Mainstream media in America clearly don’t understand that there are different types of Christians; just as there are different types of media, ranging from the most conservative to the most liberal.

On the far right: the Southern Baptist Convention, the Catholic Church, Franklin Graham, James Dobson, Vice President Mike Pence, and other literalist fundamentalists. They are to Christianity what finger paints are to the Mona Lisa. For them, Liberty University is too liberal.

The further to the right in Christianity the fewer rights for women, from reproductive rights to ordination.

In the moderate middle: Methodists, the Cooperative Baptist Fellowship, some Catholics, nearly all Christian music.

On the Christian left: some Catholics, Rev. Michael Curry and the Episcopal Church, Rev. William Barber II, and Nadia Bolz-Weber.

Of course, these are broad stroke examples, but they illustrate the point that Christianity in the United States isn’t the single, monolith the media calls “Christian Evangelicals.”

This broad spectrum of Christians is why Christians read the same Bible but come away with dramatically different understandings.

Broadly speaking, conservative Christians tend to focus on sin and salvation, while the Christian Left view the message of the Bible as Christ’s radical love and inclusion.

Many Christians use the Bible to justify their views, rather than allow the Bible to change them, because they are unable to modify their version of Christianity.

In his book, Stages of Faith, Dr. James Fowler theorizes on the stages of faith development.

According to Fowler, faith develops through certain stages. Our understanding of God progresses as we grow.

For example, a stage one Christian sees a violent, punitive, judgmental God while a stage three Christian can appear more dedicated to the church than to God.

Now, here’s the part of Fowler’s book that’s been the most profound for me – people can only fully understand a stage after they’ve grown through it. They have difficulty understanding a stage while they remain in it. They have nearly no chance of comprehending, much less agreeing with a stage they’ve not yet reached.

So, a stage three Christian assumes he’s the ‘true Christian,’ and is incapable of understanding a more complex or nuanced type of faith.

Humanity’s understanding of God can be seen progressing through the pages of Jewish scripture into the fullness of Christ. God walks through the garden in the cool of the day, God is vengeful, God demands sacrifice, God is unknowable, God can be known through Jesus and the Holy Spirit.

Although the growing understanding of God can be traced through the Bible, some remain fixated on certain aspects of God. This is because their faith never progresses beyond certain stages.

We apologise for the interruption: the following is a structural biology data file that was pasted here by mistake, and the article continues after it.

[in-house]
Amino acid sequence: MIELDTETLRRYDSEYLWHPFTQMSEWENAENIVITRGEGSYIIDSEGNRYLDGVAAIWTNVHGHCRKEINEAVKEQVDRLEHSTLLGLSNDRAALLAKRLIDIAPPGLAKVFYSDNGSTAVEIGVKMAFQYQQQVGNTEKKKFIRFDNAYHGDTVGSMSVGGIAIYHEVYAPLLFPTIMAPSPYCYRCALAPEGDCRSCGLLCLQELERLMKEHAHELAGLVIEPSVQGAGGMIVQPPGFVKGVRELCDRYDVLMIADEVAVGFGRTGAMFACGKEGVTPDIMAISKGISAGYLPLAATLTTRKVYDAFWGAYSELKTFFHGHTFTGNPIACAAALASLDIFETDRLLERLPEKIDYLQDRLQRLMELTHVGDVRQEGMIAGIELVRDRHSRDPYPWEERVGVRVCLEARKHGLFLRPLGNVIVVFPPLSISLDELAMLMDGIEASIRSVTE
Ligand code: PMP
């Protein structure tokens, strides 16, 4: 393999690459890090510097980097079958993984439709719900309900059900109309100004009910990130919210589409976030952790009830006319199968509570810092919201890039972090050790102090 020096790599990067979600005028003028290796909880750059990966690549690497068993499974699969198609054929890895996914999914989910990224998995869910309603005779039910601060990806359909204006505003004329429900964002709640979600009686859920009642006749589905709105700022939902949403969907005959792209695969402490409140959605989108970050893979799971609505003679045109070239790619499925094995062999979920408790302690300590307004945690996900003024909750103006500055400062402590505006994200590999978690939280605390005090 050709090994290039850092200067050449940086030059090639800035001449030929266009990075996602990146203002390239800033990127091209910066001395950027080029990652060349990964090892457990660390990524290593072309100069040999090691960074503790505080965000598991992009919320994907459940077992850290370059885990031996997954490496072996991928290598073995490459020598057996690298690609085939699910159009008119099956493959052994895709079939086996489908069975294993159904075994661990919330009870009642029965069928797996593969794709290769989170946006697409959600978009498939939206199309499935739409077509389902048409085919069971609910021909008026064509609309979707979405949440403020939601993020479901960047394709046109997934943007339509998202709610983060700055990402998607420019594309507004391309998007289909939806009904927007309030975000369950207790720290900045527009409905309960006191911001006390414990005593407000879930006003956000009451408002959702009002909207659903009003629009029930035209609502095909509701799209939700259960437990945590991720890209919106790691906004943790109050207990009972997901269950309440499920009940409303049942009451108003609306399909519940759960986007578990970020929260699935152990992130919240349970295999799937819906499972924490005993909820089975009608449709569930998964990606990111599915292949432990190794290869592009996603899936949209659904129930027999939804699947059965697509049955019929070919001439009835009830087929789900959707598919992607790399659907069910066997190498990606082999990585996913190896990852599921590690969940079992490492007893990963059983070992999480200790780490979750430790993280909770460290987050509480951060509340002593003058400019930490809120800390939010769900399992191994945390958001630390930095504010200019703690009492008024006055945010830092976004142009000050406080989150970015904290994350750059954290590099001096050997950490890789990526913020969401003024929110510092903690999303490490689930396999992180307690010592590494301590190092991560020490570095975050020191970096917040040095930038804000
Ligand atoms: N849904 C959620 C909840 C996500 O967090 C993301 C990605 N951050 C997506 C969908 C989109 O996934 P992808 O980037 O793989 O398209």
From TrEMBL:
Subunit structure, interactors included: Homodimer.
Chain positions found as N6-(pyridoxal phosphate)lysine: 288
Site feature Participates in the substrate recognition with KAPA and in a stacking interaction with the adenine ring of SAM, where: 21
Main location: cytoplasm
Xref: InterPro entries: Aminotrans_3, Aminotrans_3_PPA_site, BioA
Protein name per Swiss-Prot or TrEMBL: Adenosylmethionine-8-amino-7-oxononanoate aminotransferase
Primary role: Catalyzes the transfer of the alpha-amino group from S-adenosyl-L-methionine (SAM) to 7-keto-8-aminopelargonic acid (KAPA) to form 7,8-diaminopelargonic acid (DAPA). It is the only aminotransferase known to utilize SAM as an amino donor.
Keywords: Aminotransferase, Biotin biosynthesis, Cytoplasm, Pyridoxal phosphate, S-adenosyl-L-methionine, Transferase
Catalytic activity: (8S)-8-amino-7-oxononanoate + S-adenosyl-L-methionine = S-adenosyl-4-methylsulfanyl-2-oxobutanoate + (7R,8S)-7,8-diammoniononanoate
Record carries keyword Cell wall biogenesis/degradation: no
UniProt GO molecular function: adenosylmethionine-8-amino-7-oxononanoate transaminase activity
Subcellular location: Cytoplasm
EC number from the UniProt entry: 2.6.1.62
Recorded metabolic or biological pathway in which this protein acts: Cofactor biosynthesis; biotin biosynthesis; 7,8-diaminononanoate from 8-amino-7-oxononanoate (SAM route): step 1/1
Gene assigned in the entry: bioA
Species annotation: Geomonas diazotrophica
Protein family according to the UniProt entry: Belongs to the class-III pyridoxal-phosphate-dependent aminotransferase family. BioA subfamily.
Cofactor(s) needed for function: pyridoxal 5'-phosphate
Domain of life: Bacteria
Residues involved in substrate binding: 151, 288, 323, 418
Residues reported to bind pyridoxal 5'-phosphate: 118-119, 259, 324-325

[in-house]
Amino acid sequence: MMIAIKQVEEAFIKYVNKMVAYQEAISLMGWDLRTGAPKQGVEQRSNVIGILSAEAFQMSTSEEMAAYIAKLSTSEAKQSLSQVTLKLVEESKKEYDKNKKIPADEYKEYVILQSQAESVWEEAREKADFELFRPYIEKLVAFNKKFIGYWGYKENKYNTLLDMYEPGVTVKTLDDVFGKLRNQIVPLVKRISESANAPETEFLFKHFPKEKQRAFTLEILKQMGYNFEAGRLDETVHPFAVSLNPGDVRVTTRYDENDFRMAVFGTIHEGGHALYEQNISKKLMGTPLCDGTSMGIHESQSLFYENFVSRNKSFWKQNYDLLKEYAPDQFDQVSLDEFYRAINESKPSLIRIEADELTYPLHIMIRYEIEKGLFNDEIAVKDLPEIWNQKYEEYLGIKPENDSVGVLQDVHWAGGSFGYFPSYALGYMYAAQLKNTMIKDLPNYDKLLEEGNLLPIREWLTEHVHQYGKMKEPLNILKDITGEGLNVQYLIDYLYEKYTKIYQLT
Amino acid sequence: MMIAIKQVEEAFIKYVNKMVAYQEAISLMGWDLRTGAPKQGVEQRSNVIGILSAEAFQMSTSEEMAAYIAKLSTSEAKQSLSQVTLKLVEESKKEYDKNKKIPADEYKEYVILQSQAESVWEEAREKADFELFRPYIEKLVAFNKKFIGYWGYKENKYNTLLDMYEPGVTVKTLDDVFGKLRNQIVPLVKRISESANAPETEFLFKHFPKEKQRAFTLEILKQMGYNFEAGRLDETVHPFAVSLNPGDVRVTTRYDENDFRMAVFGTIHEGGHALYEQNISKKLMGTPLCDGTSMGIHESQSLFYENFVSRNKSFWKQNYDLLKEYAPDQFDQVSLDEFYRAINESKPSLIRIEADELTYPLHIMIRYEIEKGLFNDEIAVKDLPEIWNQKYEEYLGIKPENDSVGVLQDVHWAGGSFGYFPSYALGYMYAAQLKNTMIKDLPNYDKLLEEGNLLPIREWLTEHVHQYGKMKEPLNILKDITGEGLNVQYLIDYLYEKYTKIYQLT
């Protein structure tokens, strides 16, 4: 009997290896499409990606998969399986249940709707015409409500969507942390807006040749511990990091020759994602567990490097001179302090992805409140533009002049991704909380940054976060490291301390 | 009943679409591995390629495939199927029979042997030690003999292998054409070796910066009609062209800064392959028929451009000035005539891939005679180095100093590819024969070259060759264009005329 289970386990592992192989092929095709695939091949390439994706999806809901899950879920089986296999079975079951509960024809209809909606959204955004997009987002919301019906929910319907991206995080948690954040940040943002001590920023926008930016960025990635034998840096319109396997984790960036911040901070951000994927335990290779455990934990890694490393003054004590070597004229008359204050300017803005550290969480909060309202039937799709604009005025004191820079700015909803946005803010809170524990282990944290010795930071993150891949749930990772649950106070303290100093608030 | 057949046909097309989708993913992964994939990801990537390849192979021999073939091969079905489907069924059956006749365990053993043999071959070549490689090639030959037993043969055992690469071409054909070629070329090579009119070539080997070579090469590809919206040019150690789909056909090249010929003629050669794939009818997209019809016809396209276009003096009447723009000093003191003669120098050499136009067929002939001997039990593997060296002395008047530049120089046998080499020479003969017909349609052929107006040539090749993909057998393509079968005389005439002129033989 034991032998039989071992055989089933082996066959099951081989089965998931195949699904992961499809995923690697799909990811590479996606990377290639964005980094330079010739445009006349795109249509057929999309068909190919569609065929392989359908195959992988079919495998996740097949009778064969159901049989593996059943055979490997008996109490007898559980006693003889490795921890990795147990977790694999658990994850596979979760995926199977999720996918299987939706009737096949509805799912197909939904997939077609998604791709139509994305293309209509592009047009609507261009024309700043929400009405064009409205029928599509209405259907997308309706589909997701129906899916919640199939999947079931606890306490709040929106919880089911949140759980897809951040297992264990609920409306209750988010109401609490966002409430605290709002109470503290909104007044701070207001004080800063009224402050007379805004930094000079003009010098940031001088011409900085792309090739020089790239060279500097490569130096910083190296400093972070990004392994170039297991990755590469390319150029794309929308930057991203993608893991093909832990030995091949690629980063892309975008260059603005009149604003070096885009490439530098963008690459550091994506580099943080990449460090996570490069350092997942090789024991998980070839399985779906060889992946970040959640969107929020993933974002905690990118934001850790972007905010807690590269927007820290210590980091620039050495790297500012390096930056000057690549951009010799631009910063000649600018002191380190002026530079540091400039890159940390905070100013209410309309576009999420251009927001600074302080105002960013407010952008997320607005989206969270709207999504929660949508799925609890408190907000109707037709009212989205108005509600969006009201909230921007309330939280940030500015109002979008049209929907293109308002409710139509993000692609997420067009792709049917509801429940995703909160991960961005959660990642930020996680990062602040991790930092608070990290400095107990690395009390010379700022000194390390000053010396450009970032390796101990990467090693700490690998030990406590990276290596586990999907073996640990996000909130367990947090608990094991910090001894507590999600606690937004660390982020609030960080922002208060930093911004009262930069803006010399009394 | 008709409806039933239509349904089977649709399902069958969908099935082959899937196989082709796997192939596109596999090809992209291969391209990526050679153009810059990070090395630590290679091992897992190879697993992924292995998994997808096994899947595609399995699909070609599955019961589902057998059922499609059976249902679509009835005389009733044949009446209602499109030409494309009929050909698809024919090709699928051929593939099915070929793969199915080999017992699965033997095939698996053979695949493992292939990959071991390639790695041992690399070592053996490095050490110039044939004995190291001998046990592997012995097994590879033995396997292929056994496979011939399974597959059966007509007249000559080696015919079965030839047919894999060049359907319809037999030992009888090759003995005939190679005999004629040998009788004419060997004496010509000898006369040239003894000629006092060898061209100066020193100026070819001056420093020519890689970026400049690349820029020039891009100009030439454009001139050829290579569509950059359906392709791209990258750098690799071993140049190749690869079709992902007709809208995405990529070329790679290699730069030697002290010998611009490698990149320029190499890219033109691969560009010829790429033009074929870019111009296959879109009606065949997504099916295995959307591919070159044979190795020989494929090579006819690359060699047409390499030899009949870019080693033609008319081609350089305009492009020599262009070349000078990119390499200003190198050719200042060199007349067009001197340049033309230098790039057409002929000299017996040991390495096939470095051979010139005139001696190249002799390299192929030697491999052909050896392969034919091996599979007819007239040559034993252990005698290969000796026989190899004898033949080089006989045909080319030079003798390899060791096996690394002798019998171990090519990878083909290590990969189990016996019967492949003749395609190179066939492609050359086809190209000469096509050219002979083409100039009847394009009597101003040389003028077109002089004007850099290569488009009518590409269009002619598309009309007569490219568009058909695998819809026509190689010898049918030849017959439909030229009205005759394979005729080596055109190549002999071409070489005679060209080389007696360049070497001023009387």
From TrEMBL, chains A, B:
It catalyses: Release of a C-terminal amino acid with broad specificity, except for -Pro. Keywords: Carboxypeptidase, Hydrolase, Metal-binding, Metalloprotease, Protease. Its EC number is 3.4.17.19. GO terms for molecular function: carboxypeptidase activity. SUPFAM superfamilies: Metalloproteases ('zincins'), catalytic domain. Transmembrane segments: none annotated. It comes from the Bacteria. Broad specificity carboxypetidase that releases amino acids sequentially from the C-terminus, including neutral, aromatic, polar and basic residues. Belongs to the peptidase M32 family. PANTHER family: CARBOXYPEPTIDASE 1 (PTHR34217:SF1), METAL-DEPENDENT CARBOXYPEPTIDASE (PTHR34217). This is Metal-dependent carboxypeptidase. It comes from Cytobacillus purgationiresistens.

Others reach more complex stages of faith development. For example, stage five is “a time when a person is also ready to look deeply into the social unconscious—those myths and taboos and standards that we took in with our mother’s milk and that powerfully shape our behavior and responses. We really do examine those, which means we’re ready for a new kind of intimacy with persons and groups that are different from ourselves. We are ready for allegiances beyond our tribal gods and our tribal taboos. Stage Five is a period when one is alive to paradox. One understands that truth has many dimensions which have to be held together in paradoxical tension.”

The highest stages are people like the Dalai Lama, Henri Nouwen and some aspects of Pope Francis.

If someone believes that Christianity and militarization are compatible, they are probably around stage three or four. They can’t understand why a stage five Christian opposes militarization.

There’s little point in arguing about sexuality, guns, capitalism, scripture, or other issues that divide Christians, because we simply are talking past each other. Some of us can’t hear or understand others, because our faith is not far enough developed for us to understand.

The solution is for stage six, five, and four Christians to understand the blinders that stage three, two, and one Christians have. Some people simply can’t see that there might be a different way of seeing – A different way of being Christian.

It’s important to help lower stage Christians to understand the Bible in different ways.

Higher stage Christians must demonstrate their faith in the way they live, not simply by opposing lower stage thinking.

“Teacher, which is the greatest commandment in the Law?”

Jesus replied: “‘Love the Lord your God with all your heart and with all your soul and with all your mind.’ This is the first and greatest commandment. 39 And the second is like it: ‘Love your neighbor as yourself.’ All the Law and the Prophets hang on these two commandments.” ~ Matthew 22:36-40

“Love God. Love others.”

By authentically loving God and loving others, we allow ourselves to be transformed to a higher level and we in turn show others that another, higher level is possible.


Jim Meisner, Jr. is the author of Soar to Success the Wright Way, a motivational history book about the Wright brothers and the novel Faith, Hope, and Baseball.

Follow this link for more information about both books:

To help with Jim’s annual fund drive, click here.

By athiest

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